The best way to watch Jason Statham's new giant shark movie, 'The Meg,' is in a theatre where water drips on you and the seats move

Warner Bros.

  • Jason Statham’s new giant-shark movie, “The Meg,” is a fun action movie, but is best seen in 4DX, where the seats move and you’re sprayed by water.
  • The water effects were a tad disappointing, but you’re not going to find that in any other theatre experience.
  • The movie is best seen in a theatre with an engaged audience looking for a good time, and 4DX heightens that.

The new giant-shark movie, “The Meg,” from “National Treasure” director John Turteltaub, is a dumb, fun action movie that’s perfect to end the summer with. And if you’re willing to shell out $US30 a ticket on a movie where Jason Statham has a “Star Wars”-type battle with a shark (under water, of course), then 4DX is the best way to watch it.

A 4DX theatre tries to replicate the environment in a movie to the best of its ability with water, scent, wind, and light effects. In a movie like “The Meg,” where a lot of it obviously takes place under water, you get sprayed and dripped on. The seats move and vibrate during action-heavy scenes, too, and it’s all in 3D.

“The Meg,” in case you’re unfamiliar, follows a former diver named Jonas Taylor (Statham), who is brought back into the game to stop a prehistoric, giant shark that has escaped a newly discovered region deep within the ocean. Who discovered it and set off this terrifying chain of events? Scientists at a research facility funded by an arrogant billionaire played by Rainn Wilson.

“The Meg” is already an entertaining movie, but 4DX makes it more enjoyable. The water effects were apparently maximized to their full potential for the movie. The effects didn’t quite live up to my high expectations (I guess I anticipated being soaked). In fact, I think the most I felt water dripping on me was during a scene where Jason Statham takes a shower, which was odd.

But you’re not going to get sprayed by water in any other theatre, so it’s tough to complain. You have the option to turn the effect off, but who would want to do that after dropping $US30 on a shark movie? Just make sure to bring a sweatshirt, because it will get cold.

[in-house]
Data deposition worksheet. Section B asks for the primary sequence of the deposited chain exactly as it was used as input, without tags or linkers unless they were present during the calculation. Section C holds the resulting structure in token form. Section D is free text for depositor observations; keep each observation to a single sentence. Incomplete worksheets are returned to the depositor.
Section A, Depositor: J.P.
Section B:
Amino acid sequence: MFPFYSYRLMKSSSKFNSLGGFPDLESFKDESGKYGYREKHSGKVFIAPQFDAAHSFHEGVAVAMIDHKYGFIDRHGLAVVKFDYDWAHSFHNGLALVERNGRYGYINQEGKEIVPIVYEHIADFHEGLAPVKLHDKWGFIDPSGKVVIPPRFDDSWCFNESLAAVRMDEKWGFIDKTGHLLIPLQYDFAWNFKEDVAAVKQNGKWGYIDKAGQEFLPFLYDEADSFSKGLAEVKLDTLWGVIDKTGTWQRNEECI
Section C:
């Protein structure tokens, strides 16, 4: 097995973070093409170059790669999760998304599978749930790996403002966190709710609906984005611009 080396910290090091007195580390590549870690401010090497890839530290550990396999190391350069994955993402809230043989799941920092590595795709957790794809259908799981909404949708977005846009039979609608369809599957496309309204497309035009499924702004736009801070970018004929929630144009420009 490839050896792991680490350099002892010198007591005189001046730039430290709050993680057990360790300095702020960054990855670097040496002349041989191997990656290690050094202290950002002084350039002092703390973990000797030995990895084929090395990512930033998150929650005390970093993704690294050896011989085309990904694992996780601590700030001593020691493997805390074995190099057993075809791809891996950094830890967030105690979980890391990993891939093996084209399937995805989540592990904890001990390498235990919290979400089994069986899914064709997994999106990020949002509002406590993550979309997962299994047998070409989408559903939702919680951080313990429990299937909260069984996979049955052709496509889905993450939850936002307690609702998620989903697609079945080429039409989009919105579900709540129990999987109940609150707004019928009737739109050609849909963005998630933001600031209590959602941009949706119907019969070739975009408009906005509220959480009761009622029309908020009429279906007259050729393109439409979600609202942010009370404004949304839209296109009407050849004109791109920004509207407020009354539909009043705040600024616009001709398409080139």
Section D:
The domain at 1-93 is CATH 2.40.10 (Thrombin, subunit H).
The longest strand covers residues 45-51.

The meg 4dxRegal Cinemas

4DX is most fun in a theatre with an invested audience. The audience in my theatre was fully into the human-eating, shark-fighting goodness, and people lost their minds during a few key scenes.

Remember when Samuel L. Jackson gave a rousing speech in “Deep Blue Sea” and is suddenly eaten by a shark mid-sentence? I’ve never trusted a scene since where a character is standing by him or herself facing a group of people. They either get eaten by a large animal or hit by a vehicle, and in the case of “The Meg,” the worry is obviously that they will get eaten by very large shark.

There’s a few scenes like that in the movie that make you cringe with anticipation, and it delivers for the most part, albeit nothing like that scene in “Deep Blue Sea.” The movie is mostly predictable in that sense, and hits all the familiar beats of a movie like this. But the best thing about it is that it works. It gets off to a slow start, and I found myself wondering “is this a giant shark movie?” a few times in the beginning. But once it delivers on the giant-shark promise, it never lets up.

Would I have enjoyed it as much if not for 4DX, though? Probably not. Jason Statham fighting a giant shark, while also trying to be charming, can only go so far.

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